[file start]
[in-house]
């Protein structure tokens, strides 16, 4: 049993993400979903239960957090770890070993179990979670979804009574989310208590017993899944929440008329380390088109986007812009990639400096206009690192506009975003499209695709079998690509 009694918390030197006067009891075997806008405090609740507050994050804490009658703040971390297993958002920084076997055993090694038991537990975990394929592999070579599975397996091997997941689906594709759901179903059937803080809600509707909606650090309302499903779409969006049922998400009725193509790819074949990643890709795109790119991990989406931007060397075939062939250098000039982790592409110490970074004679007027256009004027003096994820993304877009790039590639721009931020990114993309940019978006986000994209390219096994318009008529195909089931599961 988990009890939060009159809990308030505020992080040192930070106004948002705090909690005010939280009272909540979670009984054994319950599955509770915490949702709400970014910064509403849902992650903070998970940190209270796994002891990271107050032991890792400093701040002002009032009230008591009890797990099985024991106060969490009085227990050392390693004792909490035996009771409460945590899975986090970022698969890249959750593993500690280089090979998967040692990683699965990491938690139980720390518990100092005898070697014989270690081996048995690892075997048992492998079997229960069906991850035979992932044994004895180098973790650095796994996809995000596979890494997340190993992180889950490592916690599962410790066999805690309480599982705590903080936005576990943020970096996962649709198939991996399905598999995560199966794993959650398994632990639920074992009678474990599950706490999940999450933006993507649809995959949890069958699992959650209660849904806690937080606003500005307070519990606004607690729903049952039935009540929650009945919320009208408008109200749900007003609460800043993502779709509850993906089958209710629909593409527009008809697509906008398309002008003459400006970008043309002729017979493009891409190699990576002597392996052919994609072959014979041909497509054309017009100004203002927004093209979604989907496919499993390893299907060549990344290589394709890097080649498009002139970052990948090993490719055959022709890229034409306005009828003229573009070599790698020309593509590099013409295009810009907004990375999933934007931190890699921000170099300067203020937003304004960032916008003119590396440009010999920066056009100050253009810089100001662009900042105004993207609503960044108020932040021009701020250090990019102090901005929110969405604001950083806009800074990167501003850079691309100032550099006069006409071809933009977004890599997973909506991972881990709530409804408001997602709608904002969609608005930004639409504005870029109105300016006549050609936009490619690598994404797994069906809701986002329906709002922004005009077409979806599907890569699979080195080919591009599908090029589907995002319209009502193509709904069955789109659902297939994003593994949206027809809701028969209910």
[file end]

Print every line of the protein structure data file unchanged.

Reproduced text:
[in-house]
């Protein structure tokens, strides 16, 4: 049993993400979903239960957090770890070993179990979670979804009574989310208590017993899944929440008329380390088109986007812009990639400096206009690192506009975003499209695709079998690509 009694918390030197006067009891075997806008405090609740507050994050804490009658703040971390297993958002920084076997055993090694038991537990975990394929592999070579599975397996091997997941689906594709759901179903059937803080809600509707909606650090309302499903779409969006049922998400009725193509790819074949990643890709795109790119991990989406931007060397075939062939250098000039982790592409110490970074004679007027256009004027003096994820993304877009790039590639721009931020990114993309940019978006986000994209390219096994318009008529195909089931599961 988990009890939060009159809990308030505020992080040192930070106004948002705090909690005010939280009272909540979670009984054994319950599955509770915490949702709400970014910064509403849902992650903070998970940190209270796994002891990271107050032991890792400093701040002002009032009230008591009890797990099985024991106060969490009085227990050392390693004792909490035996009771409460945590899975986090970022698969890249959750593993500690280089090979998967040692990683699965990491938690139980720390518990100092005898070697014989270690081996048995690892075997048992492998079997229960069906991850035979992932044994004895180098973790650095796994996809995000596979890494997340190993992180889950490592916690599962410790066999805690309480599982705590903080936005576990943020970096996962649709198939991996399905598999995560199966794993959650398994632990639920074992009678474990599950706490999940999450933006993507649809995959949890069958699992959650209660849904806690937080606003500005307070519990606004607690729903049952039935009540929650009945919320009208408008109200749900007003609460800043993502779709509850993906089958209710629909593409527009008809697509906008398309002008003459400006970008043309002729017979493009891409190699990576002597392996052919994609072959014979041909497509054309017009100004203002927004093209979604989907496919499993390893299907060549990344290589394709890097080649498009002139970052990948090993490719055959022709890229034409306005009828003229573009070599790698020309593509590099013409295009810009907004990375999933934007931190890699921000170099300067203020937003304004960032916008003119590396440009010999920066056009100050253009810089100001662009900042105004993207609503960044108020932040021009701020250090990019102090901005929110969405604001950083806009800074990167501003850079691309100032550099006069006409071809933009977004890599997973909506991972881990709530409804408001997602709608904002969609608005930004639409504005870029109105300016006549050609936009490619690598994404797994069906809701986002329906709002922004005009077409979806599907890569699979080195080919591009599908090029589907995002319209009502193509709904069955789109659902297939994003593994949206027809809701028969209910």